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Upper Body vs. Lower Body Resistance

May 19, 2010

By Gerard Bochese

If you are just beginning to get into fitness or start an exercise program, it is important to focus on proper form during your exercises and choosing the right size weights.  Often the two go hand in hand and I will see people performing exercises incorrectly because they cannot handle the weights or handle the exercise.  To avoid this problem in your workout routine in the early stages, employ the following concepts.

When engaging in upper-body exercises that require pushing or pulling, do not do body weight exercises.  These would include push ups and pull ups.  People who are brand new to exercise or have not exercised in years will have a difficult time controlling their own body weight during these exercises, as they will probably be moving 100 plus pounds.  Therefore, it would be better suited to use light dumbbells or cable machines to perform pushing and pulling exercises.  When performing a chest press with dumbbells (as opposed to a body-weight push up) a person can begin with 5-10lb weights and have much better control.  And if a person struggles with light dumbbells because they have difficulty controlling the arms individually, they can regress the exercise further by pressing a light body bar (10 lbs) so that the arms can work together as one unit and the individual will have even more control of the movement.  This same concept can be employed with pulling exercises.  Try a seated row or pull down from a cable machine.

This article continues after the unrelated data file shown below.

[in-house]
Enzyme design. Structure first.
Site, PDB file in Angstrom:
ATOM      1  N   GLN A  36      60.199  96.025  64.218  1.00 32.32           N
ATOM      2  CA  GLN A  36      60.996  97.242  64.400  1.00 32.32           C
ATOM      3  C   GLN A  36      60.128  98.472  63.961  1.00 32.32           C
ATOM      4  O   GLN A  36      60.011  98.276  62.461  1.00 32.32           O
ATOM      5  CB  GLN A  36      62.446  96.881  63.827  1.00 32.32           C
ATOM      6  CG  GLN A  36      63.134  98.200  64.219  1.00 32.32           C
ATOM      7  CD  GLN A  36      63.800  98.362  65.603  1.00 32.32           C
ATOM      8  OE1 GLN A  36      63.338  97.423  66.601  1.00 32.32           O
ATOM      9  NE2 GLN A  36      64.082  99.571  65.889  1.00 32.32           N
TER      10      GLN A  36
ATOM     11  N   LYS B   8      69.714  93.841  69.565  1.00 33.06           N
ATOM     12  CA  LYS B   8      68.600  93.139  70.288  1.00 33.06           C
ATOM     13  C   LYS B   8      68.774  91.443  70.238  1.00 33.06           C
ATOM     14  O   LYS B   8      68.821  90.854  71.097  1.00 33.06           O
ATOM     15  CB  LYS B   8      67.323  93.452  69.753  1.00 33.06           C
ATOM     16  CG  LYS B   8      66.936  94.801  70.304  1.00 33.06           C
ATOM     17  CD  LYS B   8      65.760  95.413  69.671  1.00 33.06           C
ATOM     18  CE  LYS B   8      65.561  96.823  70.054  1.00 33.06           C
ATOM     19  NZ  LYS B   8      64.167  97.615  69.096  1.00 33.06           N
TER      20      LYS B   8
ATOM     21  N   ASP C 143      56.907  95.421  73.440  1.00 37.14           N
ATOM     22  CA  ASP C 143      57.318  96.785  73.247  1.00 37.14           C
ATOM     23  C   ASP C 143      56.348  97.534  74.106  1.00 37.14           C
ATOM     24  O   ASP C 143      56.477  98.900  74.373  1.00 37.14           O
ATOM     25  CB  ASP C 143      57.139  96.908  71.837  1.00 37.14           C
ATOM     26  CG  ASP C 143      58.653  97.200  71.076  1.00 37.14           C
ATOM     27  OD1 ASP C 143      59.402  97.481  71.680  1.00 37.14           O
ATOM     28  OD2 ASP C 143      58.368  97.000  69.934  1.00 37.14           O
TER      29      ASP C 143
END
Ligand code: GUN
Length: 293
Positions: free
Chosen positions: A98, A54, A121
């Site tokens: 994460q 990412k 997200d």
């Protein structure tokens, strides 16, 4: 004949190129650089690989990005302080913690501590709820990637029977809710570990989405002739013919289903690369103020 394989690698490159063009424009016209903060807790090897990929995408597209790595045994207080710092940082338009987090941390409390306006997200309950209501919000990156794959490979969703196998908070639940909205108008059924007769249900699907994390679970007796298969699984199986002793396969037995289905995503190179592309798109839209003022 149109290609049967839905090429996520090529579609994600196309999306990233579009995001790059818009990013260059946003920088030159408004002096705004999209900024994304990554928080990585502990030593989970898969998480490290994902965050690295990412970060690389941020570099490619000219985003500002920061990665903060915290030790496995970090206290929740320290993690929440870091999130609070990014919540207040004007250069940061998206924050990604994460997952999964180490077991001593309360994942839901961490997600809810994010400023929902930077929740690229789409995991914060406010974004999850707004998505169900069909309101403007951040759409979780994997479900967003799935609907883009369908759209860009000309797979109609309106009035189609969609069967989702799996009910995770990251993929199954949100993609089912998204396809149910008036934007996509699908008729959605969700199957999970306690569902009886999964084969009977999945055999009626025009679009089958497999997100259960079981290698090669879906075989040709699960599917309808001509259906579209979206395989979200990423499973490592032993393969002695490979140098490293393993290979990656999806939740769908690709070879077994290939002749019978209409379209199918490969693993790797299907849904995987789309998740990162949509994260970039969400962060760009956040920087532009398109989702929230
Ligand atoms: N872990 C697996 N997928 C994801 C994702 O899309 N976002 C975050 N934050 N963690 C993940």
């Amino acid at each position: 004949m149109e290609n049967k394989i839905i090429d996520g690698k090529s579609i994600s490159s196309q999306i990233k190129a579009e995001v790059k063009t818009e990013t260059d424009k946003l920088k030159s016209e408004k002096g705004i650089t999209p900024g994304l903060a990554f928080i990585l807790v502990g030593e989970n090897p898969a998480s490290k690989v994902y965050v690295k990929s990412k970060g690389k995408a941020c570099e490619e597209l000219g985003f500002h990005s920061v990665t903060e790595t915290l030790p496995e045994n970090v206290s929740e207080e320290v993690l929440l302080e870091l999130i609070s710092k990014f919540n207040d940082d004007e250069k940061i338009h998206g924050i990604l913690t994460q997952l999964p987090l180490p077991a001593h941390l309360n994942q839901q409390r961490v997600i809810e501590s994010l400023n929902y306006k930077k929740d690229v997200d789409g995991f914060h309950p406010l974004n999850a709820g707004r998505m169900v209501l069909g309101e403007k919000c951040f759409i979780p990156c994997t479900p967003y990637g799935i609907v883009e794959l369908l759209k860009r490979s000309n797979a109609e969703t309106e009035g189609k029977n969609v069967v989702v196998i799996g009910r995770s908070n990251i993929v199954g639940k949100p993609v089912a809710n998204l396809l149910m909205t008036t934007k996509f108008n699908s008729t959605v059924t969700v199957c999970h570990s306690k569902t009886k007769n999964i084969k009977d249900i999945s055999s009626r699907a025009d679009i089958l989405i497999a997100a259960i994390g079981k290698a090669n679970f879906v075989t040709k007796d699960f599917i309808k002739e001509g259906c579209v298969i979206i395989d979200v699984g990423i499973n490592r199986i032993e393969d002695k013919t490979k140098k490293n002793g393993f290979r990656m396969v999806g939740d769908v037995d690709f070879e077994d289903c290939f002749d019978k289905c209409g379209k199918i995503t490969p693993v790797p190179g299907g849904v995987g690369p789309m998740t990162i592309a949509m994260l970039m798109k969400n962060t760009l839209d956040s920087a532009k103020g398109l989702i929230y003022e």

The opposite is the case when engaging in lower body (leg) exercises that require a level change – squats, lunges and step ups.  In the beginning stages these exercises should not be done with external resistance such as dumbbells in the hands or Olympic bars on the back.  These exercises should only be performed with body weight so that ideal form and posture can be practiced and achieved.  Not until perfect form becomes natural in these movements should a person begin to load the body and especially the spine with external resistance when performing level change exercises.

The reason for the opposite philosophy is that the upper body push and pull exercises can be achieved without body weight involved via the bench press and the pull down.  The lower body level changes by nature of the exercise must include body weight, and by adding dumbbells and Olympic bars your are simply increasing the person’s own natural weight too quickly.

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